Traditional Ecological Knowledge and Global Environmental Change: Research findings and policy implications
Erik Gómez-Baggethun, Institute of Environmental Science and Technology, Universitat Autònoma de Barcelona, Bellaterra, Barcelona, Spain; Social–Ecological Systems Laboratory, Department of Ecology, Universidad Autónoma de Madrid, Madrid, Spain
Esteve Corbera, Institute of Environmental Science and Technology, Universitat Autònoma de Barcelona, Bellaterra, Barcelona, Spain; Department of Economics & Economic History, Universitat Autònoma de Barcelona, Bellaterra, Barcelona, Spain
Victoria Reyes-García, ICREA and Institute of Environmental Science and Technology, Universitat Autònoma de Barcelona, Bellaterra, Barcelona, Spain
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This paper introduces the special feature of Ecology and Society
entitled “Traditional Ecological Knowledge and Global Environmental Change. The special feature addresses two main research themes. The first theme concerns the resilience of Traditional Ecological Knowledge (hereafter TEK) and the conditions that might explain its loss or persistence in the face of global change. The second theme relates to new findings regarding the way in which TEK strengthens community resilience to respond to the multiple stressors of global environmental change. Those themes are analyzed using case studies from Africa, Asia, America and Europe. Theoretical insights and empirical findings from the studies suggest that despite the generalized worldwide trend of TEK erosion, substantial pockets of TEK persist in both developing and developed countries. A common trend on the studies presented here is hybridization, where traditional knowledge, practices, and beliefs are merged with novel forms of knowledge and technologies to create new knowledge systems. The findings also reinforce previous hypotheses pointing at the importance of TEK systems as reservoirs of experiential knowledge that can provide important insights for the design of adaptation and mitigation strategies to cope with global environmental change. Based on the results from papers in this feature, we discuss policy directions that might help to promote maintenance and restoration of living TEK systems as sources of social-ecological resilience.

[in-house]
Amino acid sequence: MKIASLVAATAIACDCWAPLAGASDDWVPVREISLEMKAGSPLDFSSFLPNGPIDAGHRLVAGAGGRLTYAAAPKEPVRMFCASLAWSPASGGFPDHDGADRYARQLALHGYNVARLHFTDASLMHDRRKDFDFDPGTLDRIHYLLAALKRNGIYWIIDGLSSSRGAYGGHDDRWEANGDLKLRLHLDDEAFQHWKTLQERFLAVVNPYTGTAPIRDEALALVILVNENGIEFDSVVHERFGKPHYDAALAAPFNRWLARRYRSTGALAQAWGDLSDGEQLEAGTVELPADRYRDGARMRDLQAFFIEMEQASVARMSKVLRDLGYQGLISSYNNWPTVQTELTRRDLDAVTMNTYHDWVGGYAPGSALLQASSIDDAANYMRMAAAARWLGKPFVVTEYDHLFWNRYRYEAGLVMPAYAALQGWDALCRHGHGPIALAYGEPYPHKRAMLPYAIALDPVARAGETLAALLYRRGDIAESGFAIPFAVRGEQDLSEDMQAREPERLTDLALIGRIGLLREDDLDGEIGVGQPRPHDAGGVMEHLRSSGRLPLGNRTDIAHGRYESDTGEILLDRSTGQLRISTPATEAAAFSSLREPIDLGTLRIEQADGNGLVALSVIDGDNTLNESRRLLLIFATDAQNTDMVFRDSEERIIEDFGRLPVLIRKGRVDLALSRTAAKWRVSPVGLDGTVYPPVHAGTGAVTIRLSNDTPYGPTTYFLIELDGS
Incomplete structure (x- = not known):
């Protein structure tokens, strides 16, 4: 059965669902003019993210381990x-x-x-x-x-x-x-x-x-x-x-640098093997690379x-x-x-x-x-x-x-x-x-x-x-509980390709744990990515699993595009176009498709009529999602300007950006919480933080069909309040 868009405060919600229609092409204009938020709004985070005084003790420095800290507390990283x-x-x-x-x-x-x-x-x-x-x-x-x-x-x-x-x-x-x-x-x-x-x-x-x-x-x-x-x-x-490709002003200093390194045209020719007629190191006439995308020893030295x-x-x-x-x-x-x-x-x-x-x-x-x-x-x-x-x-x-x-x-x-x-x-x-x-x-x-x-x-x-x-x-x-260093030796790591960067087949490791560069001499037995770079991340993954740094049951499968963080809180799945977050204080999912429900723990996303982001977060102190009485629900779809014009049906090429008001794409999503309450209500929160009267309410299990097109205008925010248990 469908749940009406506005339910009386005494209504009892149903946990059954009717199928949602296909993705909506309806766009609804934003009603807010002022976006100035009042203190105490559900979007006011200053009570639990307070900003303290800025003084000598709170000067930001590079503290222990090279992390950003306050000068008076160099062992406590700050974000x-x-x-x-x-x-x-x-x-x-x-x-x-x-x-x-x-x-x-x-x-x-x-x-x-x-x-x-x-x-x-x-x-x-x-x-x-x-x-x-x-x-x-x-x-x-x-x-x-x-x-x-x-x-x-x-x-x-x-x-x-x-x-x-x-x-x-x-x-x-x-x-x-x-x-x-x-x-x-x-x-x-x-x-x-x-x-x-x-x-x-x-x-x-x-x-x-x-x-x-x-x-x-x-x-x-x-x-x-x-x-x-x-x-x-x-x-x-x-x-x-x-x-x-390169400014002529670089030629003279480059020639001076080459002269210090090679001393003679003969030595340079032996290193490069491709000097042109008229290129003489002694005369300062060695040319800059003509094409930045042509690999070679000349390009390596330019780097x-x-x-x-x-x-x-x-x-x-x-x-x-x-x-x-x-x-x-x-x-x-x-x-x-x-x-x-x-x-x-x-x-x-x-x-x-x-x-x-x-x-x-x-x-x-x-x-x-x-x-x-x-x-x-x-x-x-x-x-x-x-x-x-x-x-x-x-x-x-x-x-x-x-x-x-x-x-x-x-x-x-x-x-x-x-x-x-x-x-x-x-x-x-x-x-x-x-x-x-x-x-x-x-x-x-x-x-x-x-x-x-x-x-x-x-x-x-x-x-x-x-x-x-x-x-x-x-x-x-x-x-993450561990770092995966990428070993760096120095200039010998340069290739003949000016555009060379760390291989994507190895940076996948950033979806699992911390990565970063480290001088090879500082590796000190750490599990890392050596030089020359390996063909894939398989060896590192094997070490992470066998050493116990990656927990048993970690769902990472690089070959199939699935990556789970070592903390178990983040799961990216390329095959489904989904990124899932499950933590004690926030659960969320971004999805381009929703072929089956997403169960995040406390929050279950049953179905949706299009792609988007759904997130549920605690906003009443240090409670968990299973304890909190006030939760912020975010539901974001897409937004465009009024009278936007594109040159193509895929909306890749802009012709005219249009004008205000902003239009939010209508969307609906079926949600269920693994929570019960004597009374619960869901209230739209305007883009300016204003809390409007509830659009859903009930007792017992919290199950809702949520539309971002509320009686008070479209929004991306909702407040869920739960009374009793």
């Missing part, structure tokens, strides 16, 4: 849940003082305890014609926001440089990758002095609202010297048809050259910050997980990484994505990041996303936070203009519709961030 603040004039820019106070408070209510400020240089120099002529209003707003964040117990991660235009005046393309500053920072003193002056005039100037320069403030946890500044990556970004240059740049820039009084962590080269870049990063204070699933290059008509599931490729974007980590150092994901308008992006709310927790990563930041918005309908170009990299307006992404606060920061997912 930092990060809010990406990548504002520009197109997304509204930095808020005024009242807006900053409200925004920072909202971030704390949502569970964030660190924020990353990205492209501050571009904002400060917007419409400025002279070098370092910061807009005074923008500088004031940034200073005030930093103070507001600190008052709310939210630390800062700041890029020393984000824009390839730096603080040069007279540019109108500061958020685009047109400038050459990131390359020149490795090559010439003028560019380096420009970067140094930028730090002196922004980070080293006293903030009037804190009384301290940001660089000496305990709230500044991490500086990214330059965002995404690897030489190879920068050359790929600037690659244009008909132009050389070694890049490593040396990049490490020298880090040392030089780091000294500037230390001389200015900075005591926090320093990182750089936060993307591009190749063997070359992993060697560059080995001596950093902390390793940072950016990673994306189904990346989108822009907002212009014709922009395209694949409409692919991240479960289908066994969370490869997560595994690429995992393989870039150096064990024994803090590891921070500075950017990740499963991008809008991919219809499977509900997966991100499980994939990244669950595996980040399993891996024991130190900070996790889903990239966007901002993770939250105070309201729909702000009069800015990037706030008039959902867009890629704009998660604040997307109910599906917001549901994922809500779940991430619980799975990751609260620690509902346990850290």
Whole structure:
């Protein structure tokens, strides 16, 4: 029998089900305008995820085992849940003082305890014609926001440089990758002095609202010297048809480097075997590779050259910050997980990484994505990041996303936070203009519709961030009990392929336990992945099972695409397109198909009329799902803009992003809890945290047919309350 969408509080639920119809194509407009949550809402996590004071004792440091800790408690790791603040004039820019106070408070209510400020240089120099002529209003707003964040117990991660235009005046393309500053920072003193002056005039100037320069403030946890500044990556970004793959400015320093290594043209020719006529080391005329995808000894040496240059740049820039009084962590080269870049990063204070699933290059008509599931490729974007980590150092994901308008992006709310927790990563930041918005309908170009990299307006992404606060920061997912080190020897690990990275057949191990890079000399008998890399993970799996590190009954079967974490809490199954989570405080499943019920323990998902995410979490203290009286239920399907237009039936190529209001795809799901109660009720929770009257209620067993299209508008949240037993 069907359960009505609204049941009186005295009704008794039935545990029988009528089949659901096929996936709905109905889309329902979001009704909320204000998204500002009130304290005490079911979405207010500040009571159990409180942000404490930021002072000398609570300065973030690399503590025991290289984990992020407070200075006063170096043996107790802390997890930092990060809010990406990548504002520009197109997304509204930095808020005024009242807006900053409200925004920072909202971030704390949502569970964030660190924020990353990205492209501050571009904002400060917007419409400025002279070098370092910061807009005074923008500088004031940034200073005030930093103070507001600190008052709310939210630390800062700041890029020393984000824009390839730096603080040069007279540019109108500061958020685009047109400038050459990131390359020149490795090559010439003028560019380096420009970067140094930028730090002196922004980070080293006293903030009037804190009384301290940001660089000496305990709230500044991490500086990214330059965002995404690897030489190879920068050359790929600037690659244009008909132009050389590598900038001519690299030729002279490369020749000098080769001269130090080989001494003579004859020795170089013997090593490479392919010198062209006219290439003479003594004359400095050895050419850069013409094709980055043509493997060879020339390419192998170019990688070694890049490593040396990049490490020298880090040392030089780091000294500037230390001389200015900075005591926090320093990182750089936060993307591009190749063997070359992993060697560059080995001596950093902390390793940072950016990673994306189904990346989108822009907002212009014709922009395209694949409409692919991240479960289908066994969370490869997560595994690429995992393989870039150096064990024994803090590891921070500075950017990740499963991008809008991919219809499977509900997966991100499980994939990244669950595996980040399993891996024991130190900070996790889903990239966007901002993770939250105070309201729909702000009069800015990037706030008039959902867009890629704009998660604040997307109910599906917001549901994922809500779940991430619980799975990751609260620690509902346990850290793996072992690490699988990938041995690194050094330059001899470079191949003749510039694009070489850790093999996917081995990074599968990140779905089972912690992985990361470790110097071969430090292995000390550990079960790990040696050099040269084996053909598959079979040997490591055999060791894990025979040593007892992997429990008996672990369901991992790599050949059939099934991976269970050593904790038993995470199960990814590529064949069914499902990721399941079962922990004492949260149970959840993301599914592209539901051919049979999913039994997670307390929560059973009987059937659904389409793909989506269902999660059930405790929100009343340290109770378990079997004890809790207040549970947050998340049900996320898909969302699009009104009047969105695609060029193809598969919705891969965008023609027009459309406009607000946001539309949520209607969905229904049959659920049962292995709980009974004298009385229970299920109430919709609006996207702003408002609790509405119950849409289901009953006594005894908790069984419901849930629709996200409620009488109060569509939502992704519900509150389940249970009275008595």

Adaptation, biocultural diversity, indigenous knowledge, resilience, small-scale societies
Copyright © 2013 by the author(s). Published here under license by The Resilience Alliance. This article is under a Creative Commons Attribution-NonCommercial 4.0 International License. You may share and adapt the work for noncommercial purposes provided the original author and source are credited, you indicate whether any changes were made, and you include a link to the license.